|Publication number||US2222945 A|
|Publication date||Nov 26, 1940|
|Filing date||Jun 28, 1938|
|Priority date||Jun 28, 1938|
|Publication number||US 2222945 A, US 2222945A, US-A-2222945, US2222945 A, US2222945A|
|Inventors||Groll Jr Thomas F, Small George H|
|Original Assignee||Nat Oil Prod Co|
|Export Citation||BiBTeX, EndNote, RefMan|
|Referenced by (7), Classifications (12)|
|External Links: USPTO, USPTO Assignment, Espacenet|
Patented Nov. 26, 1940 PATENT OFFICE PROCESS AND COMPOSITION FOR COLOR- ING AGGREGATE MATERIALS Thomas F. Groll, Jr., Elizabeth, N. J., and George H. Small, Atlanta, Ga, assignors to National Oil Products Compa y, Harrison, N. .L, a corporation of New Jersey No Drawing. Application June 28, 1938, Serial No. 216,304
The invention relates in general to the coloring of bulk aggregate materials, and in particular to a process of imparting to solid fuels and other aggregate materials identifying coloring and dust laying properties and to correlated improvements in compositions for carrying out such a process.
Heretofore, various methods of applying coloring matter to solid fuels, such as coal, coke and the like have been proposed. The purpose of coloring such materials is, of course, to enable a dealer to attach physically a trade-mark to his product in specie. While these prior proposals have enjoyed some success, diiiiculty has been encountered in properly or effectively anchoring the coloring matter to the aggregate. Coal, for example, usually possessesa slick and smooth surface, thus rendering the adherence of coloring matter very difficult. Moreover, in those cases where suspended or emulsified. coloring matter is applied,-the consistency of the composition has been too low, thuslending further difficulties to the process of application.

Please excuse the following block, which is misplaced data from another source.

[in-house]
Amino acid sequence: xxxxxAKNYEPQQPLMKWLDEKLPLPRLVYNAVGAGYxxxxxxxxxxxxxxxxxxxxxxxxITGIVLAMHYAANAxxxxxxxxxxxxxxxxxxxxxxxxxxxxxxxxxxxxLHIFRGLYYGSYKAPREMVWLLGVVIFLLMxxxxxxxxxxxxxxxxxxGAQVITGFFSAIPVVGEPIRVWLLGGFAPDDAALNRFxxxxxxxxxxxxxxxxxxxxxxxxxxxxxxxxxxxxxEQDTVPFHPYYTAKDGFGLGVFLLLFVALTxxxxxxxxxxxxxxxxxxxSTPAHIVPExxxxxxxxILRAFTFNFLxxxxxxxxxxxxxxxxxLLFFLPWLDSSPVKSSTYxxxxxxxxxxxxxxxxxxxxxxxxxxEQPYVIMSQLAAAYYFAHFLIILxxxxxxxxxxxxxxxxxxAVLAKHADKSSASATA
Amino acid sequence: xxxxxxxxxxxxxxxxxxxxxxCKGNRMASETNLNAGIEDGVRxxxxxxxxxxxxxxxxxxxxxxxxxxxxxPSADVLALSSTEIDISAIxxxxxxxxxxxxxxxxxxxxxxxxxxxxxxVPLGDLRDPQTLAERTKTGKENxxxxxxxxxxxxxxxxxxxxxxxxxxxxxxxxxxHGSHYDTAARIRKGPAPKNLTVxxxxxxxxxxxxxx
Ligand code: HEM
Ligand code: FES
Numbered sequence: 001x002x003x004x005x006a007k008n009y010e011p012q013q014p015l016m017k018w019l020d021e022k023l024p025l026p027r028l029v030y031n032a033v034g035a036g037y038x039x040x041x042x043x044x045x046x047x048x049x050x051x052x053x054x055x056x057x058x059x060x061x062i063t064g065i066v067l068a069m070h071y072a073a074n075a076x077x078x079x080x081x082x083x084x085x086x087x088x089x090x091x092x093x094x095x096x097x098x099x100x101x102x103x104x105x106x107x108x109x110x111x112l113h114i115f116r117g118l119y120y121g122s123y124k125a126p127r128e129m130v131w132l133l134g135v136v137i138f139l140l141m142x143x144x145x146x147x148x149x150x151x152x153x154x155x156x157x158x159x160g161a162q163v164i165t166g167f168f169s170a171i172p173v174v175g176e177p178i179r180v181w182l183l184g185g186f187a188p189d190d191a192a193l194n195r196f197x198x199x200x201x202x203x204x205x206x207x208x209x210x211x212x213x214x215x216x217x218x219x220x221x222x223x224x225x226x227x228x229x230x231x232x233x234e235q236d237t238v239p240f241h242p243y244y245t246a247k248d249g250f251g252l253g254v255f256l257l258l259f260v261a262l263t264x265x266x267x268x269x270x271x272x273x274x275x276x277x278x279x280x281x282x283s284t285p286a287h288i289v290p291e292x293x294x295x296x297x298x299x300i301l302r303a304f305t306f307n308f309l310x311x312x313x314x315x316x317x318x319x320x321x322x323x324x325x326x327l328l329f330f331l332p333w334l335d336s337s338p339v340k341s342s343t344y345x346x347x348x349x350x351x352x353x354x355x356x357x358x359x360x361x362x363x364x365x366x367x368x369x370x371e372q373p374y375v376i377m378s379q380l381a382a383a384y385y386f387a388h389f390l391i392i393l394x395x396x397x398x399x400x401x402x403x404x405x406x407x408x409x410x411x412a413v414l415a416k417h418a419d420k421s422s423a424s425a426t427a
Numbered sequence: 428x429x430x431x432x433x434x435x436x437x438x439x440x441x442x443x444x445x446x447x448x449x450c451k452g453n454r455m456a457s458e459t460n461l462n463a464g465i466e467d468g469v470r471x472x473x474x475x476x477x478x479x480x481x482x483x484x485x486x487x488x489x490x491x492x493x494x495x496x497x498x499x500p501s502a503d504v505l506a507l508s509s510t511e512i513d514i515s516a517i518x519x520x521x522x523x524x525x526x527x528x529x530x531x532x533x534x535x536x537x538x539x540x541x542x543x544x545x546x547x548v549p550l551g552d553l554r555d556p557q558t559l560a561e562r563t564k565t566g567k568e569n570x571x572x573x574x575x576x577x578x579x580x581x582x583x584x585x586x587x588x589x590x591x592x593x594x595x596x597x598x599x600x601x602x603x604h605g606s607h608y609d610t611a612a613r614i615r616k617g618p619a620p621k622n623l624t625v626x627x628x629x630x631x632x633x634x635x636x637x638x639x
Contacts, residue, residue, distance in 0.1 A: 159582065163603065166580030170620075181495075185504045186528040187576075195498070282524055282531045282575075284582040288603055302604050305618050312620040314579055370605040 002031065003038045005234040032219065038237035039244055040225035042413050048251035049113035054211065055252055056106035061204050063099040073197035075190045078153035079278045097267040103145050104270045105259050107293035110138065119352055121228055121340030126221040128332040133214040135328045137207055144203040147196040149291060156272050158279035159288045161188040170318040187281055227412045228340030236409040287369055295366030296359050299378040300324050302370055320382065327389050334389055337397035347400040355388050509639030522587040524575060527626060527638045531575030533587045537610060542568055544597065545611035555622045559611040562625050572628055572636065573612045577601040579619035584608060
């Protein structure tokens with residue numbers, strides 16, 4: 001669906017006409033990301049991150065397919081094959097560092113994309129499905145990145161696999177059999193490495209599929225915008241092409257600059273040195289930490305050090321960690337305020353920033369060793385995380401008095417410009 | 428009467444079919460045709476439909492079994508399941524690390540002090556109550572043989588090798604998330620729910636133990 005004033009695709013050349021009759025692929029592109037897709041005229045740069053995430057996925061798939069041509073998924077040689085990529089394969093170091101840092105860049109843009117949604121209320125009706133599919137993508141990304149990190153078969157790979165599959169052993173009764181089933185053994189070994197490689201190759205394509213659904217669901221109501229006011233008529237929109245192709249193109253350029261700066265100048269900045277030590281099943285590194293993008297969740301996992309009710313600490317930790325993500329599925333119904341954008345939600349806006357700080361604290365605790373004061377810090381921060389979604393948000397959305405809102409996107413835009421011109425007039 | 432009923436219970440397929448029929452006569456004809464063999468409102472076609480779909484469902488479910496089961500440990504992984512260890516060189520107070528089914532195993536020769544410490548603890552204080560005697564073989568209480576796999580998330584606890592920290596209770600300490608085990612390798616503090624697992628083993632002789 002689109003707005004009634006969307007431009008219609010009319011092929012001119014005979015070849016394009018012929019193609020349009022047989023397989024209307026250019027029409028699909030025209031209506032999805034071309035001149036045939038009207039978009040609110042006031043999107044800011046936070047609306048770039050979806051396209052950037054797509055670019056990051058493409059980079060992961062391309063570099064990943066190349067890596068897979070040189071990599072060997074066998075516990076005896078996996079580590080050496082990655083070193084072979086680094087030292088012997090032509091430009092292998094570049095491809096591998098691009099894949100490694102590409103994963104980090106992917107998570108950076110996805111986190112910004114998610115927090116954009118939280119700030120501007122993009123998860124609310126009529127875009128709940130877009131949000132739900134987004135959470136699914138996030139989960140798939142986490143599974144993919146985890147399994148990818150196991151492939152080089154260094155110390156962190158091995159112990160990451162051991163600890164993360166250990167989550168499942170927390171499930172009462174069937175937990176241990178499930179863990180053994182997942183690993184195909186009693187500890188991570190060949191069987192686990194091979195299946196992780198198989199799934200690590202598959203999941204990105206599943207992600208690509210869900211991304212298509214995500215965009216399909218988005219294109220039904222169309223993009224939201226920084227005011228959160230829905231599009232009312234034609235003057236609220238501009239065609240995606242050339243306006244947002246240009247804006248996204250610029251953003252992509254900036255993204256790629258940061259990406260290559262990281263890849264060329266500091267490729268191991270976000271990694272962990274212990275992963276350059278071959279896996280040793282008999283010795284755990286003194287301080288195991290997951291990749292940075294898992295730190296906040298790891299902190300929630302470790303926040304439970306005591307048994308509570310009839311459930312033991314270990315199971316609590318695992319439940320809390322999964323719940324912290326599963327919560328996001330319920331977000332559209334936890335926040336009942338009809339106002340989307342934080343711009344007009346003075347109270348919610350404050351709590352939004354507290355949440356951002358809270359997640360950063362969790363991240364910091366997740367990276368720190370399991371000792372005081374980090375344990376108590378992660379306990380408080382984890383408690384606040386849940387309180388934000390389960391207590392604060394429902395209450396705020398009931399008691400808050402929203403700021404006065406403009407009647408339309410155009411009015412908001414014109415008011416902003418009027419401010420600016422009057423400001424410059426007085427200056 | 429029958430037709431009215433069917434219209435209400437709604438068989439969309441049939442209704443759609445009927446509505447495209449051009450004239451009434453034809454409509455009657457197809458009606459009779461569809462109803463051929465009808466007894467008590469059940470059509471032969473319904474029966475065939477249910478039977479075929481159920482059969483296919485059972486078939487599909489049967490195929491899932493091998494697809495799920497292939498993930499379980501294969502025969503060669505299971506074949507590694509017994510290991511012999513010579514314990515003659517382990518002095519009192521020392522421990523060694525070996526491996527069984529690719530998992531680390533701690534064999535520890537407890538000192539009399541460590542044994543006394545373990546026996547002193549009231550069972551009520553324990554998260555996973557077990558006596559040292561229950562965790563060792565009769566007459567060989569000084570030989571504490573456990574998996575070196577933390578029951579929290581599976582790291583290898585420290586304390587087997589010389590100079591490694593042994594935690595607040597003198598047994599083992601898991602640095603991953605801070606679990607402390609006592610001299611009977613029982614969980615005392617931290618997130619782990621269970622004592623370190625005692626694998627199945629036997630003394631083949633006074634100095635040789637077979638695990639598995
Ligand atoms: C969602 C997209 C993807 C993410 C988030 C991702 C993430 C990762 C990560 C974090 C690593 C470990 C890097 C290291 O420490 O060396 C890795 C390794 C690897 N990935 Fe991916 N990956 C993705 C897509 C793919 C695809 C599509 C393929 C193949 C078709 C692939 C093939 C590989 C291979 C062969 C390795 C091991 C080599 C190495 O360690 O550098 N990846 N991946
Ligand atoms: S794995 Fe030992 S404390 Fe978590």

The general object of the invention is to obviate the foregoing and other disadvantages.
A specific object of the invention is to provide an improved composition for coloring aggregate material and which further tend to render such materials dustless.
Another object ofthe invention is to provide an improved process of coloring aggregate materials, whereby the coloring becomes firmly adhered thereto.
A further object of the invention is to provide an improved bodied suspension of coloring matter particularly adapted for coloring solid carbonaceous fuels.
Other objects will in part be obvious and will in part appear hereinafter.
It has now been discovered, according to the invention, that coloring matter may be more effectively adhered to aggregate materials, such as coal, coke, charcoal, briquettes, crushed rock and the like by applying thereto a coloring matter suspended or dispersed in an aqueous medium by means of a sulfonation product of hydrox-v ylated fatty acids and more particularly the sulfonated hydroxylated fish oil fatty acids.
The invention accordingly comprises the several steps and relation of one or more of such steps with respect to each of theothers, and a. composition of matter possessing the characteristics, properties and relation of components, all of which will be exemplified in the following detailed disclosure, and the scope of the tion will be indicated in the claims.
In the preparation of the composition of the invention, sulfonated hydroxylated fish oil fatty acids are warmed and a coloring matter in pulverant form is admixed therewith and stirred until a uniform homogenous paste results, which may then be suspended or dispersed in a hot aqueous medium.